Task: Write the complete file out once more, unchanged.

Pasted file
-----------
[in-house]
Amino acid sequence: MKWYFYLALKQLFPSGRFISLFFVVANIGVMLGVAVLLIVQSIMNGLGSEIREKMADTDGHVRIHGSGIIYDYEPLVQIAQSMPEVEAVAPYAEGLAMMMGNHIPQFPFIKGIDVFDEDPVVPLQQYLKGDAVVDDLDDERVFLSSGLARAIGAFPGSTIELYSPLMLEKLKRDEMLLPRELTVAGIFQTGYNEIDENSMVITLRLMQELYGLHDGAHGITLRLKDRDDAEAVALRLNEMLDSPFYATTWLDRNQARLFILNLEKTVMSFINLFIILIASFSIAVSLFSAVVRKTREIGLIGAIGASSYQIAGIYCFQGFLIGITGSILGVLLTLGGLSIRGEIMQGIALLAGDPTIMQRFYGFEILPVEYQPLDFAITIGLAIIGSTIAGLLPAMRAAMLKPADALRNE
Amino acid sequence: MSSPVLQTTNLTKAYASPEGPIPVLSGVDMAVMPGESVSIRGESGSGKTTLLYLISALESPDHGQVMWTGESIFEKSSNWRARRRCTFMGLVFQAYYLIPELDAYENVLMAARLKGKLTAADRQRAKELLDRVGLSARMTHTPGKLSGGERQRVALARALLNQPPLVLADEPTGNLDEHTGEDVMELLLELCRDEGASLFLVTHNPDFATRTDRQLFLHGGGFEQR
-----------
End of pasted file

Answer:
[in-house]
Amino acid sequence: MKWYFYLALKQLFPSGRFISLFFVVANIGVMLGVAVLLIVQSIMNGLGSEIREKMADTDGHVRIHGSGIIYDYEPLVQIAQSMPEVEAVAPYAEGLAMMMGNHIPQFPFIKGIDVFDEDPVVPLQQYLKGDAVVDDLDDERVFLSSGLARAIGAFPGSTIELYSPLMLEKLKRDEMLLPRELTVAGIFQTGYNEIDENSMVITLRLMQELYGLHDGAHGITLRLKDRDDAEAVALRLNEMLDSPFYATTWLDRNQARLFILNLEKTVMSFINLFIILIASFSIAVSLFSAVVRKTREIGLIGAIGASSYQIAGIYCFQGFLIGITGSILGVLLTLGGLSIRGEIMQGIALLAGDPTIMQRFYGFEILPVEYQPLDFAITIGLAIIGSTIAGLLPAMRAAMLKPADALRNE
Amino acid sequence: MSSPVLQTTNLTKAYASPEGPIPVLSGVDMAVMPGESVSIRGESGSGKTTLLYLISALESPDHGQVMWTGESIFEKSSNWRARRRCTFMGLVFQAYYLIPELDAYENVLMAARLKGKLTAADRQRAKELLDRVGLSARMTHTPGKLSGGERQRVALARALLNQPPLVLADEPTGNLDEHTGEDVMELLLELCRDEGASLFLVTHNPDFATRTDRQLFLHGGGFEQR